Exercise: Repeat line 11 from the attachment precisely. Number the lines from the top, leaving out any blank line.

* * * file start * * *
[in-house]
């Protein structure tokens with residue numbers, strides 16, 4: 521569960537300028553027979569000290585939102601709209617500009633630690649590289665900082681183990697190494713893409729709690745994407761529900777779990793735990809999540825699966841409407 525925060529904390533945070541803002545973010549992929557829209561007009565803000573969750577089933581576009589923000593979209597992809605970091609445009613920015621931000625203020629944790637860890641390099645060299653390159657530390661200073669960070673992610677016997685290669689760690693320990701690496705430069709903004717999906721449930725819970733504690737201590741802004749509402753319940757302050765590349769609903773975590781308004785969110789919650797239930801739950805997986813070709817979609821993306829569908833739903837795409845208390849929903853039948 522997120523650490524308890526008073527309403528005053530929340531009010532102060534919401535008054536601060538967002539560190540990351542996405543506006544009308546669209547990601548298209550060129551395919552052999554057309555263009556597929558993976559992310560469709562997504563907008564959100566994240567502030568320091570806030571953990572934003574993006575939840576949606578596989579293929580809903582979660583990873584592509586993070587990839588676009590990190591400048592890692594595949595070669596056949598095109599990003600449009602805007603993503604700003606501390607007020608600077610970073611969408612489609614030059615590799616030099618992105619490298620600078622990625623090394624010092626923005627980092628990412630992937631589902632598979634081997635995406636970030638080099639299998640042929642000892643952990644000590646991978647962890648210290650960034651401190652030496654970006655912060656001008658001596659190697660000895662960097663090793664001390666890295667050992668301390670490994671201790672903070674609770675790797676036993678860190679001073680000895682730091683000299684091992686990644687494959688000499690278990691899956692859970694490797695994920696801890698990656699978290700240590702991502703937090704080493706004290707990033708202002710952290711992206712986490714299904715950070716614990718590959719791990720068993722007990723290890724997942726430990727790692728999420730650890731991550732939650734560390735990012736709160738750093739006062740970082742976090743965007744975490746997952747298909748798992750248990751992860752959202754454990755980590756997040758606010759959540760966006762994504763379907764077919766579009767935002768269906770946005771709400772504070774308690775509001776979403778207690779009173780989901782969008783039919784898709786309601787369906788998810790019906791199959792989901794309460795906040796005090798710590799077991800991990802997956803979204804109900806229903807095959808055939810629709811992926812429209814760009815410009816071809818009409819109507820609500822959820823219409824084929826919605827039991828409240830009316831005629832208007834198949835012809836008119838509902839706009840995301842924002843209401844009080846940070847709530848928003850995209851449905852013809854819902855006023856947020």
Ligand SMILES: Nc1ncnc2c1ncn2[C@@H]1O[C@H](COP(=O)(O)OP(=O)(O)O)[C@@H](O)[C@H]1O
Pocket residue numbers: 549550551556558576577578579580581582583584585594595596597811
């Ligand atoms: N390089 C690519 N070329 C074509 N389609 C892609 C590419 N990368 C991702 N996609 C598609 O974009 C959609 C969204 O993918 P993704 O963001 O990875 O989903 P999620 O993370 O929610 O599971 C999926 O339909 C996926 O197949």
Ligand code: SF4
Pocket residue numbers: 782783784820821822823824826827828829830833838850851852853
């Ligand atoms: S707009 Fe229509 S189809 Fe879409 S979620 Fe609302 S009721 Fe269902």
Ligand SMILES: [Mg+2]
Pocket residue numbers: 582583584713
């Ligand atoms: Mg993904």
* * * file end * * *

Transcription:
């Ligand atoms: Mg993904």